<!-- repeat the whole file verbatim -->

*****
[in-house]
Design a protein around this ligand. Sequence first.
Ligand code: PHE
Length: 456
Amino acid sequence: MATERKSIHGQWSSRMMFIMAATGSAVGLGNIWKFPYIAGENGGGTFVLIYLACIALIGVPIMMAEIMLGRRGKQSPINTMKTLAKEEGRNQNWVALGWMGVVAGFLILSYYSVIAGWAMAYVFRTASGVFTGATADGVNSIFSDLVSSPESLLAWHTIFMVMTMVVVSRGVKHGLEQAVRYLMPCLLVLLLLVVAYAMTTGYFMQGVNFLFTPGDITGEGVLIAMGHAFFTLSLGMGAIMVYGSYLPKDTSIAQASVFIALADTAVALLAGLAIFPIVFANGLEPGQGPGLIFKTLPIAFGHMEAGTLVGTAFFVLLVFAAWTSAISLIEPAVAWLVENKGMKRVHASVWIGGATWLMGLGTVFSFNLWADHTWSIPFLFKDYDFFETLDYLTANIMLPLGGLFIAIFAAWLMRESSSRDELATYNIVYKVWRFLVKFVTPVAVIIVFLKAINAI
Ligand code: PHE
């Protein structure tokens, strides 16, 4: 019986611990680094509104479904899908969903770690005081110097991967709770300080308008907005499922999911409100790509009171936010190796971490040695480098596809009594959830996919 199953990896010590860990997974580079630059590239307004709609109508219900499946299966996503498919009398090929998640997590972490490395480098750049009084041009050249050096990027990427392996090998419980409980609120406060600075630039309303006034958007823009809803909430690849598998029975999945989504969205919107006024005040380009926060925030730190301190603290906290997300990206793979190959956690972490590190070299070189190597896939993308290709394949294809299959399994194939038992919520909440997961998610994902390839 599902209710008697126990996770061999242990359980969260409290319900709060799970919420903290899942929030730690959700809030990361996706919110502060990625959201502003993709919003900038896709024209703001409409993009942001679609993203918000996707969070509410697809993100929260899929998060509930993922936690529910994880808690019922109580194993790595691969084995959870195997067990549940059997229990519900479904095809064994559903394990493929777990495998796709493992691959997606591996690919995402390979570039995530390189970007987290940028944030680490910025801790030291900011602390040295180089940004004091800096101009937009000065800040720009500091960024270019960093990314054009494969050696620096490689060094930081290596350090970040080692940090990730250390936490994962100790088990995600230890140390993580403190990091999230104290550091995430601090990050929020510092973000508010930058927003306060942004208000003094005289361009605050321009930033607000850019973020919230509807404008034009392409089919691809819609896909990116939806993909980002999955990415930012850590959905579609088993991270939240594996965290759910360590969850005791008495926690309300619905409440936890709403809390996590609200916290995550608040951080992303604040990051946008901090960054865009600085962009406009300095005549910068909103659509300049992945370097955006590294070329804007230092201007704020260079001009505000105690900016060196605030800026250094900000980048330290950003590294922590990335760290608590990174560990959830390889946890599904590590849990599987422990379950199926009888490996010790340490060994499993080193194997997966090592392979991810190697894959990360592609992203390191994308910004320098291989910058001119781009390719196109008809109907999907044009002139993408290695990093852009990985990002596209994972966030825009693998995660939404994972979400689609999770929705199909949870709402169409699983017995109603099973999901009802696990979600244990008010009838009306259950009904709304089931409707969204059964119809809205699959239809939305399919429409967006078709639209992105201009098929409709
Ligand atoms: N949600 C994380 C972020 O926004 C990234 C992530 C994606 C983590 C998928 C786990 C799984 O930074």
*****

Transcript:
[in-house]
Design a protein around this ligand. Sequence first.
Ligand code: PHE
Length: 456
Amino acid sequence: MATERKSIHGQWSSRMMFIMAATGSAVGLGNIWKFPYIAGENGGGTFVLIYLACIALIGVPIMMAEIMLGRRGKQSPINTMKTLAKEEGRNQNWVALGWMGVVAGFLILSYYSVIAGWAMAYVFRTASGVFTGATADGVNSIFSDLVSSPESLLAWHTIFMVMTMVVVSRGVKHGLEQAVRYLMPCLLVLLLLVVAYAMTTGYFMQGVNFLFTPGDITGEGVLIAMGHAFFTLSLGMGAIMVYGSYLPKDTSIAQASVFIALADTAVALLAGLAIFPIVFANGLEPGQGPGLIFKTLPIAFGHMEAGTLVGTAFFVLLVFAAWTSAISLIEPAVAWLVENKGMKRVHASVWIGGATWLMGLGTVFSFNLWADHTWSIPFLFKDYDFFETLDYLTANIMLPLGGLFIAIFAAWLMRESSSRDELATYNIVYKVWRFLVKFVTPVAVIIVFLKAINAI
Ligand code: PHE
């Protein structure tokens, strides 16, 4: 019986611990680094509104479904899908969903770690005081110097991967709770300080308008907005499922999911409100790509009171936010190796971490040695480098596809009594959830996919 199953990896010590860990997974580079630059590239307004709609109508219900499946299966996503498919009398090929998640997590972490490395480098750049009084041009050249050096990027990427392996090998419980409980609120406060600075630039309303006034958007823009809803909430690849598998029975999945989504969205919107006024005040380009926060925030730190301190603290906290997300990206793979190959956690972490590190070299070189190597896939993308290709394949294809299959399994194939038992919520909440997961998610994902390839 599902209710008697126990996770061999242990359980969260409290319900709060799970919420903290899942929030730690959700809030990361996706919110502060990625959201502003993709919003900038896709024209703001409409993009942001679609993203918000996707969070509410697809993100929260899929998060509930993922936690529910994880808690019922109580194993790595691969084995959870195997067990549940059997229990519900479904095809064994559903394990493929777990495998796709493992691959997606591996690919995402390979570039995530390189970007987290940028944030680490910025801790030291900011602390040295180089940004004091800096101009937009000065800040720009500091960024270019960093990314054009494969050696620096490689060094930081290596350090970040080692940090990730250390936490994962100790088990995600230890140390993580403190990091999230104290550091995430601090990050929020510092973000508010930058927003306060942004208000003094005289361009605050321009930033607000850019973020919230509807404008034009392409089919691809819609896909990116939806993909980002999955990415930012850590959905579609088993991270939240594996965290759910360590969850005791008495926690309300619905409440936890709403809390996590609200916290995550608040951080992303604040990051946008901090960054865009600085962009406009300095005549910068909103659509300049992945370097955006590294070329804007230092201007704020260079001009505000105690900016060196605030800026250094900000980048330290950003590294922590990335760290608590990174560990959830390889946890599904590590849990599987422990379950199926009888490996010790340490060994499993080193194997997966090592392979991810190697894959990360592609992203390191994308910004320098291989910058001119781009390719196109008809109907999907044009002139993408290695990093852009990985990002596209994972966030825009693998995660939404994972979400689609999770929705199909949870709402169409699983017995109603099973999901009802696990979600244990008010009838009306259950009904709304089931409707969204059964119809809205699959239809939305399919429409967006078709639209992105201009098929409709
Ligand atoms: N949600 C994380 C972020 O926004 C990234 C992530 C994606 C983590 C998928 C786990 C799984 O930074």